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invertebrate-zoology

Ecology of Endolithic Bivalve Mollusks from Ko Chang, Thailand

The objective of this study was to examine the ecology of coral boring bivalves from four islands southeast of Ko Chang, Trat Province, Thailand. A total of 11 bivalve families containing 18 species were recorded in the survey, including six reported for this first time in the region. Members of the Mytilidae comprised the highest bivalve diversity with five species recorded. The five most abundant species were Leiosolenus lima (Jousseaume in Lamy), Lithophaga teres (Philippi), Botula cinnamomea (Gmelin), Coralliophaga coralliophaga (Gmelin), and Gastrochaena cuneiformis Spengler.

Ecological analysis showed that Ko Bai Dung had the highest density of boring bivalves, with 196.29 ± 118.24 individual/ m2. Density of coral boring bivalves was variable; the highest density was recorded  for Coralliophaga coralliophaga (85.18 ± 74.35 individual/m2) at Ko Bai Dung. The highest diversity of boring bivalves was found on Ko Phrao Nok, and in dead coral. Multivariate analyses did not reveal a clear differences in the boring bivalve community composition between sites, or with coral age, or with coral species, however dead coral was well-grouped at 50% similarity. The number of species and number of specimens of boring bivalves in this study was significantly positively correlated with coral age. The maximum number of boring bivalve specimens was found in the oldest coral (11 years old) and in dead Porites host corals.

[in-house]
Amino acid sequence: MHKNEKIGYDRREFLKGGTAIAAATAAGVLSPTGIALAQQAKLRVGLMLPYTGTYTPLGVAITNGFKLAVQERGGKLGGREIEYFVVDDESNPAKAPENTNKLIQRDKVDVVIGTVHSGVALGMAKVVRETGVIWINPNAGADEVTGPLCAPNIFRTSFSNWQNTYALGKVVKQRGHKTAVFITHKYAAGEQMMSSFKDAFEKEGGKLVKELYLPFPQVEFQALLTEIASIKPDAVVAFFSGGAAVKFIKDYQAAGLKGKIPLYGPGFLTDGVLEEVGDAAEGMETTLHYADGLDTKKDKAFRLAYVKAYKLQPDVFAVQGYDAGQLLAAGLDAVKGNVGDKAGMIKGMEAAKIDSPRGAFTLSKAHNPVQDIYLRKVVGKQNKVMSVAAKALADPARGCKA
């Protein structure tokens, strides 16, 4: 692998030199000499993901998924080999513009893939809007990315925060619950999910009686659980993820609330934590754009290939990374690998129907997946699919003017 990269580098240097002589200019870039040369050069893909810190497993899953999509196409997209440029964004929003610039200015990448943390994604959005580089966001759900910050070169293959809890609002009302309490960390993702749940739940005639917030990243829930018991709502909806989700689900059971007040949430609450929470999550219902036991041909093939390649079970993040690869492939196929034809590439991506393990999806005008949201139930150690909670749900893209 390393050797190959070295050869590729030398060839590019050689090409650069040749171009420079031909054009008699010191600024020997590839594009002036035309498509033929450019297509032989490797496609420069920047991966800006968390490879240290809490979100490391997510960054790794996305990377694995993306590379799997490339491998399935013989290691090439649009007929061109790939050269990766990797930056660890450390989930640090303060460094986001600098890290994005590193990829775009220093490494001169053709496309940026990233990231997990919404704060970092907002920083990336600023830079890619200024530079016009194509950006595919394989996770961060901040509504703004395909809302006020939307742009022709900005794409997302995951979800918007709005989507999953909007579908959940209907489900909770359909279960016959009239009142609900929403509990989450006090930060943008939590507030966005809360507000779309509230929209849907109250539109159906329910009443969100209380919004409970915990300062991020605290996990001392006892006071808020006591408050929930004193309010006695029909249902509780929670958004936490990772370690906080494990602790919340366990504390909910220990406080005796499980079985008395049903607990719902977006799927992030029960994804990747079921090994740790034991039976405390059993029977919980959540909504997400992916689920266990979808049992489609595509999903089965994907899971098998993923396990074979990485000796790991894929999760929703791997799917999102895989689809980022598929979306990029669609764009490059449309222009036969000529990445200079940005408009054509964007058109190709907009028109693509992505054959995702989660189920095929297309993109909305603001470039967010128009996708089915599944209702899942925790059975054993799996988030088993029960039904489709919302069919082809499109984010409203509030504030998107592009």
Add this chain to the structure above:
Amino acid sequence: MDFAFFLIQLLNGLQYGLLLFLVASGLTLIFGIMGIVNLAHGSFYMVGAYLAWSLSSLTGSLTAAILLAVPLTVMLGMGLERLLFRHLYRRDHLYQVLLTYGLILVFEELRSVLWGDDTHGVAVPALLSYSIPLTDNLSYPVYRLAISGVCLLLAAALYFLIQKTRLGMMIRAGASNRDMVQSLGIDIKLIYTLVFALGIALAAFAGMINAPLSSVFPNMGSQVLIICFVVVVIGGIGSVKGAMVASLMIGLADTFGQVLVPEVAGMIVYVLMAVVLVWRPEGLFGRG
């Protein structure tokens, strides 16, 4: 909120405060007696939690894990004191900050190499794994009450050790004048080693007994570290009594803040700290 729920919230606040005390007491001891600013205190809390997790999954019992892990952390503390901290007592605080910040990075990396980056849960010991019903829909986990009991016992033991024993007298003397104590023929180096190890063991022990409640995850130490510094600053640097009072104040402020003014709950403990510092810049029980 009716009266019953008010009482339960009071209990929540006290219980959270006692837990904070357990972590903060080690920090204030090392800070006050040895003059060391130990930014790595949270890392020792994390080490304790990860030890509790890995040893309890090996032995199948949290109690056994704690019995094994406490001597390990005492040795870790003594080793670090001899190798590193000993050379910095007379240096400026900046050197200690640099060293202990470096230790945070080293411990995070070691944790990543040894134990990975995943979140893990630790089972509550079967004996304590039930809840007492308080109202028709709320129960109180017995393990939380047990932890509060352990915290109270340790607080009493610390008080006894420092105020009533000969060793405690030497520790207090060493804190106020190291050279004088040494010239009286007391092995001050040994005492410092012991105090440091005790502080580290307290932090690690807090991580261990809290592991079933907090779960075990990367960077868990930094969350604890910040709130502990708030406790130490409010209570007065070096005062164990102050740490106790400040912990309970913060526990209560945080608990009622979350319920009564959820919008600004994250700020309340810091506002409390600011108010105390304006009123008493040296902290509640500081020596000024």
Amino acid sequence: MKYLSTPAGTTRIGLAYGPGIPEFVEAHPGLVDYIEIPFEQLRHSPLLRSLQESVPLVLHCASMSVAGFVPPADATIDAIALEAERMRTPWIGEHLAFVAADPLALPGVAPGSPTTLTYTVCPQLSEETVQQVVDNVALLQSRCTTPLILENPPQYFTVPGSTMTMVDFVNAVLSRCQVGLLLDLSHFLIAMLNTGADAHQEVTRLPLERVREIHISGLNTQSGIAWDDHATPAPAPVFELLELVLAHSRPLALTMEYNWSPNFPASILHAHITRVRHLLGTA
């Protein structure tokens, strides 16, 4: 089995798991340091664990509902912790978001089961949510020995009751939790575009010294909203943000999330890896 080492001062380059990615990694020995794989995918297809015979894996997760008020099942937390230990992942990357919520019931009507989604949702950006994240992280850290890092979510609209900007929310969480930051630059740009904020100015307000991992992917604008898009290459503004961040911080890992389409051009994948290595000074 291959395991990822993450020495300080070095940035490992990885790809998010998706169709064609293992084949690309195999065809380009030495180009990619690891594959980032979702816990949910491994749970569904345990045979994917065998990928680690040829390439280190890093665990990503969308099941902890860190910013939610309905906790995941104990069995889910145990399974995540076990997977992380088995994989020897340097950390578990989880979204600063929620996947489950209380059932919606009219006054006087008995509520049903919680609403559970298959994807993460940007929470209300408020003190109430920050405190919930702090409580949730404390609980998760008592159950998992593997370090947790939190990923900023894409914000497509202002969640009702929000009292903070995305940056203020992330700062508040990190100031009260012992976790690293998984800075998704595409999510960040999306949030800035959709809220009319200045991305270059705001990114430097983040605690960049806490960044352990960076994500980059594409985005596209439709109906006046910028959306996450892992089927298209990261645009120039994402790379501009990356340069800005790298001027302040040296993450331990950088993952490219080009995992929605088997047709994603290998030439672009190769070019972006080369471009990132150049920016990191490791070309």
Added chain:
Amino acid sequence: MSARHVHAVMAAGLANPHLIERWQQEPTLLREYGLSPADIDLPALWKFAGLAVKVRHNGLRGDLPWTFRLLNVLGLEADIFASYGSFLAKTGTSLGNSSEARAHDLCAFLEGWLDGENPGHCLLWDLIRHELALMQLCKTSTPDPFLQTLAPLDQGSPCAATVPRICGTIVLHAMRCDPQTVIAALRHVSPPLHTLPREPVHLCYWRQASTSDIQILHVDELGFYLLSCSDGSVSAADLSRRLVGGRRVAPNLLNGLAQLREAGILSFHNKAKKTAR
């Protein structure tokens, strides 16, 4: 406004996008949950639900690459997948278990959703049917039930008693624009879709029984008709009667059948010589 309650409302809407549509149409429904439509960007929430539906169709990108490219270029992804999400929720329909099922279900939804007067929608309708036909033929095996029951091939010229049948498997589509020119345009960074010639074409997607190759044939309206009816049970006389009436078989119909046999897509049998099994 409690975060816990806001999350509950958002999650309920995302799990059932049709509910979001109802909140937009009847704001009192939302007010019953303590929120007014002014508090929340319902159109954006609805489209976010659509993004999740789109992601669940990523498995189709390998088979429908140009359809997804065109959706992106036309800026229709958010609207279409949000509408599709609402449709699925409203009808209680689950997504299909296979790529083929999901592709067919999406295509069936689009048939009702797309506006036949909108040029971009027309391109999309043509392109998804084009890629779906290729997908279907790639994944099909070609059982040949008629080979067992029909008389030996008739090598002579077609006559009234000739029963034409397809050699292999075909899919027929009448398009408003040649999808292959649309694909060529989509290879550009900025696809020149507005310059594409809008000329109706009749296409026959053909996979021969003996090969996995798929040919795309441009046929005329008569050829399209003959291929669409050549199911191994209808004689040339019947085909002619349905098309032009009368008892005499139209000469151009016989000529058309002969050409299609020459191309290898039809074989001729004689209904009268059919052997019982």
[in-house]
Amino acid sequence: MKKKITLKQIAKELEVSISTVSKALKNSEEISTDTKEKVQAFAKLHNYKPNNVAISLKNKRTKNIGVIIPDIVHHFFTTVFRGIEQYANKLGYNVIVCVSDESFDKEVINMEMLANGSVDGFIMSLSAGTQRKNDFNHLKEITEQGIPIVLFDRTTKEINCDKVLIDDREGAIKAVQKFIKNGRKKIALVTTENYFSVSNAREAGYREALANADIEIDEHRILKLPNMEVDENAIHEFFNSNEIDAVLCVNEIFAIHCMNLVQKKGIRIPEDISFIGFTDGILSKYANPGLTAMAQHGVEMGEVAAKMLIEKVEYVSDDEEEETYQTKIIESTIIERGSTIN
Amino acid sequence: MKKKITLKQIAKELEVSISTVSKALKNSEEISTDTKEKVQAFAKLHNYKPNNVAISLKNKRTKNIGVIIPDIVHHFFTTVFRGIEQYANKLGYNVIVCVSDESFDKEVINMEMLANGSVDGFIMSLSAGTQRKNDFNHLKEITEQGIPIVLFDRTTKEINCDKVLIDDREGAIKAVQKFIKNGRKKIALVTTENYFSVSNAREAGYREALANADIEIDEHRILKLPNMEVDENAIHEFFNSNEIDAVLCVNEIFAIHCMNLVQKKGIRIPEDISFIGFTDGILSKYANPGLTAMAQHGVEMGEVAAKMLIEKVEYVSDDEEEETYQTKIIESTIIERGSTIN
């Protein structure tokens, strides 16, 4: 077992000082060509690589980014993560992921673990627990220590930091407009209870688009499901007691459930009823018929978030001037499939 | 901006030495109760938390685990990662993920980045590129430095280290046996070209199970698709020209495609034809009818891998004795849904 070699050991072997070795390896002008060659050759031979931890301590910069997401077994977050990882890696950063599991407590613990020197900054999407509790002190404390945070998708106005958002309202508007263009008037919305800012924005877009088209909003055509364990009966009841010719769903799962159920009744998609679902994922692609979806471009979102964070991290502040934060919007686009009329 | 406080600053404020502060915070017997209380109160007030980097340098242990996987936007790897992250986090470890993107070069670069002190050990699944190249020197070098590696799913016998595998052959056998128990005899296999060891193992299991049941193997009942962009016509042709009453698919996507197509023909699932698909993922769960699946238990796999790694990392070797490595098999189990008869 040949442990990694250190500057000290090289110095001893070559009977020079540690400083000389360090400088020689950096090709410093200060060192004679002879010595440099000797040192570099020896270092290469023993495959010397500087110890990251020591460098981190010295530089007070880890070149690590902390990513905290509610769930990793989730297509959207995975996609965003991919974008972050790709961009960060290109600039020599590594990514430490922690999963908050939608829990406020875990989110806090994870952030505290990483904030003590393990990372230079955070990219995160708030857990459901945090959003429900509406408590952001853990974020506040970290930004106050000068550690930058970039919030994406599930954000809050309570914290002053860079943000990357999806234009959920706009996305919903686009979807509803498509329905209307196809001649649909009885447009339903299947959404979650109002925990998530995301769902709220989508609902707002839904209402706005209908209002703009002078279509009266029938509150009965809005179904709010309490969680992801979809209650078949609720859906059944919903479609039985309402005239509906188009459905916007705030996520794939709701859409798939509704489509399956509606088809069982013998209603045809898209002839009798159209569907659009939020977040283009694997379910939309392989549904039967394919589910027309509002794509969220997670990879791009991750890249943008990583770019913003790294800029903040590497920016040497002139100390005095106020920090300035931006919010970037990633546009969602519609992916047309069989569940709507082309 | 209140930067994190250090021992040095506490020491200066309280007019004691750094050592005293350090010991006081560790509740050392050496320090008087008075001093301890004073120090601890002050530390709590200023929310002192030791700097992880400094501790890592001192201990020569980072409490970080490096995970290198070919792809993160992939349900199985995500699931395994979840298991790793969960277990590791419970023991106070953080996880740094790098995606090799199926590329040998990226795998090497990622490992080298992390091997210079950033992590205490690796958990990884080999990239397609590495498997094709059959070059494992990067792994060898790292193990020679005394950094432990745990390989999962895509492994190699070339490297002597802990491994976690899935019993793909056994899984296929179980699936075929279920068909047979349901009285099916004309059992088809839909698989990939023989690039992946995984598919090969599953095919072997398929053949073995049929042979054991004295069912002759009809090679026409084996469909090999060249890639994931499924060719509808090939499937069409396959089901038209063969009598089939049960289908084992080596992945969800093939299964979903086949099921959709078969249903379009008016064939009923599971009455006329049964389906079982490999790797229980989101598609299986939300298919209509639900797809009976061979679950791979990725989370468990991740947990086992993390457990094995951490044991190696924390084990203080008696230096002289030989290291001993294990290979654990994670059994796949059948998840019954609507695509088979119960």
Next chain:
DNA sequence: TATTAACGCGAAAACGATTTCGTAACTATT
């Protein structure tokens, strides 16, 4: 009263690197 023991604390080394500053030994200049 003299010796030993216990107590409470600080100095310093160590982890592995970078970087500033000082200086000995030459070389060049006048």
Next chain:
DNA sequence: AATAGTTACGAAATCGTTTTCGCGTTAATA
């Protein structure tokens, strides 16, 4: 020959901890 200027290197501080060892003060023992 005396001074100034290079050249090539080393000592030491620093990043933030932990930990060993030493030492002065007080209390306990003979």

Following the same trend of all dominant boring bivalves, corals more than nine years old showed the highest frequency distribution and the largest shell length. The distribution of shell height frequency showed Leiosolenus lima and Lithophaga teres had more variation in shell height than the other five dominant boring bivalve species. Endolithic bivalves are one of the main bioeroders in the coral biome. The ecologic data presented in this study can be used as one indicator of coral reef status, including bioerosion and nutrient recycling in coral ecosystems.

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